I’m coming a little late to the farewell party for Pandagon’s Amanda Marcotte as blog coordinator for the Edwards campaign. Now, Marcotte’s sister-in-arms, Melissa McEwan of Shakespeare’s Sister, has stepped down as well. Over on the New York Times political blog, The Caucus, Katie Philips avers that she takes no sides in the matter but sounds quite sympathetic to the two beleaguered bloggers:
Well, both women — whose feminist writings were deemed anti-Catholic by Mr. Donohue and at times offensive by others and many not (sic) — at first allowed Mr. Edwards’s campaign to publish statements by them saying their personal views or past writings would not color their work on the campaign. And they both asserted they were not denigrating any faith or any person of faith.
That didn’t stop conservative bloggers from flogging the issue. And that didn’t stop bloggers on all sides from posturing on one side or the other. And it didn’t stop even our readers from objecting on one side or the other, sometimes to the point where we couldn’t publish their obscene remarks.
The epilogue to this? I’m not sure. Some will indeed claim victory; some will counsel that political campaigns have to vet and vet and vet any staff; others will feel doomed in defeat of what was seen as an arm around new — especially rare female — voices in the blogosphere by politicians.
That’s some convoluted prose, but is Philips saying that Marcotte and McEwan’s assertion that they weren’t denigrating faith should have been sufficient to shut up the bloggers and others? Besides, deploring “obscene remarks” and incivility in the blogosphere — as Philips does in her post — is richly ironic in a discussion of Amanda Marcotte, who once penned a post-Katrina Pandagon post titled, “Dear racist fucks who complained about the looting…“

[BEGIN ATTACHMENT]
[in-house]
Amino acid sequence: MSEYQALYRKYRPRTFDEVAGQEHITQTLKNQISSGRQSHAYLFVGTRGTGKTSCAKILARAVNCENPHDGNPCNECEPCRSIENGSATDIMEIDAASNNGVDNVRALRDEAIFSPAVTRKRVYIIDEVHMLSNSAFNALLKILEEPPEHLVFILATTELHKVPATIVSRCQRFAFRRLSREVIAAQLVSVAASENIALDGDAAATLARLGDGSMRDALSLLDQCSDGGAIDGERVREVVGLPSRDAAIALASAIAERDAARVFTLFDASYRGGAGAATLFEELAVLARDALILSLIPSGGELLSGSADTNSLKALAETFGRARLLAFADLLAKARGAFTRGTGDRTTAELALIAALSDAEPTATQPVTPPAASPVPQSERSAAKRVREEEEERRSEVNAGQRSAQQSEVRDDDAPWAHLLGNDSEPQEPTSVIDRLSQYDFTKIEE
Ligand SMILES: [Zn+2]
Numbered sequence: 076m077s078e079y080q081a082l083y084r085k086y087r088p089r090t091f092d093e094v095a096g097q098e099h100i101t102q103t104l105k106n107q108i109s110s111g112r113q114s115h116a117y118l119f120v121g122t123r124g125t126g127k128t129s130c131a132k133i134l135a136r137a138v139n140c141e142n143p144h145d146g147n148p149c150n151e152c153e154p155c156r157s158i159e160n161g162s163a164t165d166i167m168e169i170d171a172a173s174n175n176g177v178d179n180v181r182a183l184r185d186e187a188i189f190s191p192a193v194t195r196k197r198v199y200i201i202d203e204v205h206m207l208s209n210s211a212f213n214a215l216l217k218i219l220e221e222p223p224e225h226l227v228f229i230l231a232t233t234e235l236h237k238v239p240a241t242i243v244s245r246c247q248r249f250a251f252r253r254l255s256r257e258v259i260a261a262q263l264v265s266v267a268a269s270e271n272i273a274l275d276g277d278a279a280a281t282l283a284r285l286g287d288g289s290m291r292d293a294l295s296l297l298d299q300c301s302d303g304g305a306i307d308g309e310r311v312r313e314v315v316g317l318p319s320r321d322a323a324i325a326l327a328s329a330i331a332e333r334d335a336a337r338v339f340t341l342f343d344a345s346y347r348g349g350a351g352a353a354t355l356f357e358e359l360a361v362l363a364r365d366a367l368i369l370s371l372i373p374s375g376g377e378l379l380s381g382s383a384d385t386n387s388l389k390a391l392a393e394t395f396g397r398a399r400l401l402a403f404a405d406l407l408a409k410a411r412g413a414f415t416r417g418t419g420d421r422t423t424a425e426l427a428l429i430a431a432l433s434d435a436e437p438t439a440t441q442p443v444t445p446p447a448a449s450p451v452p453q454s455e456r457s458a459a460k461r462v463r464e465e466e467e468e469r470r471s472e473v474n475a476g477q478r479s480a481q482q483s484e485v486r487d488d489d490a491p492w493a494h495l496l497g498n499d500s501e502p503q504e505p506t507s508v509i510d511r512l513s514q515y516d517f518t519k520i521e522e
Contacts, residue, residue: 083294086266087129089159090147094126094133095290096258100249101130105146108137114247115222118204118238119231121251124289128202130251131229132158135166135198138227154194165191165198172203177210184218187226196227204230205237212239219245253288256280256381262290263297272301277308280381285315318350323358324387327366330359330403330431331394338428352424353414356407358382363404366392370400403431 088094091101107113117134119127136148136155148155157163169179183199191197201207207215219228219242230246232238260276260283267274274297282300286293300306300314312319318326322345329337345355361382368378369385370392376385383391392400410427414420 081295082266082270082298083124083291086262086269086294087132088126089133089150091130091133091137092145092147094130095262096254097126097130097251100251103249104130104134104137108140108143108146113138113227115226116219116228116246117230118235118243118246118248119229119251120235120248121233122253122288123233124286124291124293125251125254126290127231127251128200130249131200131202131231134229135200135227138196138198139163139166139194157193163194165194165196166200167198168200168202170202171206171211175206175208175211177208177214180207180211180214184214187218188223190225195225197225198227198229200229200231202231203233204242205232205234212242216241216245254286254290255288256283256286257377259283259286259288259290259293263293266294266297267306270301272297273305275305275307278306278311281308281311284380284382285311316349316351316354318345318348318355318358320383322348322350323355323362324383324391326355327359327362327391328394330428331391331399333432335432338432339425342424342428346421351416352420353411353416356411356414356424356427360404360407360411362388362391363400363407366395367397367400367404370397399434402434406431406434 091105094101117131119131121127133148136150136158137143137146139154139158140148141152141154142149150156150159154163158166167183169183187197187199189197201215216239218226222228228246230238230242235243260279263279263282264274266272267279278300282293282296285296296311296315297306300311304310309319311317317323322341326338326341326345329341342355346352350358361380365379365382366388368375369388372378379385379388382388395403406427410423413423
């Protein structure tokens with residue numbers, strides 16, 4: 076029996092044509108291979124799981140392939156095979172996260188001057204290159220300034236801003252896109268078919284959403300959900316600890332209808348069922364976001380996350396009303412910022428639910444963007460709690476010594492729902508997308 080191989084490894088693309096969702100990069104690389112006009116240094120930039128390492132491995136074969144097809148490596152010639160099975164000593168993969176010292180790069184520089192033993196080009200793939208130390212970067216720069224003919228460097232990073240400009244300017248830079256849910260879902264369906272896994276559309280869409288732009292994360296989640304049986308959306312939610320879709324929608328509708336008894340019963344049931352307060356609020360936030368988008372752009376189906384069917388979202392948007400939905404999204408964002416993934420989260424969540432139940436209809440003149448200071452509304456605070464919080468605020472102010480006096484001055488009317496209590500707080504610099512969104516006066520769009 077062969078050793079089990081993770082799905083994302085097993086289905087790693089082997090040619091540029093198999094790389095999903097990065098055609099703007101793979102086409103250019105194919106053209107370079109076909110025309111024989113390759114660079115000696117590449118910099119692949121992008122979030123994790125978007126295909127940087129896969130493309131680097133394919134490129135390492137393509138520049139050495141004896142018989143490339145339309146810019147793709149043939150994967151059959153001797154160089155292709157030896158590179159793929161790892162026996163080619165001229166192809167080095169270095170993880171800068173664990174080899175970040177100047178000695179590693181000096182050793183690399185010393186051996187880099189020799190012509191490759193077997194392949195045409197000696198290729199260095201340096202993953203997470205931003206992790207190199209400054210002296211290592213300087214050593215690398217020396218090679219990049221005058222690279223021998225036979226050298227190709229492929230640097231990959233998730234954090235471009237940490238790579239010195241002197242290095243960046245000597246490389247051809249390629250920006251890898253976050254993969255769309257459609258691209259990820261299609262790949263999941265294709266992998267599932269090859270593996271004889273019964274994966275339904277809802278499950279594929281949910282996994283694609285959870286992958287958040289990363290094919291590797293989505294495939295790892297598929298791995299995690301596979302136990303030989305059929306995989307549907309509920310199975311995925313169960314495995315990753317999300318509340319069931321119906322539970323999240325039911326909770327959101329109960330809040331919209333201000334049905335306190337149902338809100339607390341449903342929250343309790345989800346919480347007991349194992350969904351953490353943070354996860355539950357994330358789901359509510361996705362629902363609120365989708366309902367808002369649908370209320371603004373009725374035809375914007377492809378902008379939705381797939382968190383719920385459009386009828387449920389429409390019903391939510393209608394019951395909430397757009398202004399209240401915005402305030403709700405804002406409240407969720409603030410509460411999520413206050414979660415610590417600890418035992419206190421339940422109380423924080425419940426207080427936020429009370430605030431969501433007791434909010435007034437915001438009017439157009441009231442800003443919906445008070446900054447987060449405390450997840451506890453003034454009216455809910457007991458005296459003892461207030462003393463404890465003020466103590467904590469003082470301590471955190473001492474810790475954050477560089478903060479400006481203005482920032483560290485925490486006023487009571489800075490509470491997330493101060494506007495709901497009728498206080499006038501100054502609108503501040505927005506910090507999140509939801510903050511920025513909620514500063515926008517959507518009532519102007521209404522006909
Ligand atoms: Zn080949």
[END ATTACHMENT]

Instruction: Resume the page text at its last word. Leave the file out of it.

Some, such as my Reason colleague David Weigel, are concerned that the Marcotte/McEwan brouhaha may backfire against all bloggers who “dared not to write like a political hack all the time.” I think the worry is misplaced; outspoken bloggers have nothing to fear unless they aspire to actually become paid political hacks. (Andrew Sullivan has a good comment on this, adding that he finds “the whole idea of bloggers as an integral part of political campaigns a little creepy.”) What I find more troubling is that the criticism of Marcotte has focused so much on her swipes at Catholicism and Christianity in general, and so little on her brand of feminism — a cult of female victimhood rife with militant anti-male bigotry.
A number of publications have quoted her sarcastic comment on the Duke alleged sexual assault case: “Can’t a few white boys sexually assault a black woman anymore without people getting all wound up about it? So unfair.” But it’s hard to appreciate the full flavor of that comment without its full context:
Naturally, my flight out of Atlanta has been delayed. Let’s hope it takes off when they say it will so I don’t miss my connecting flight home.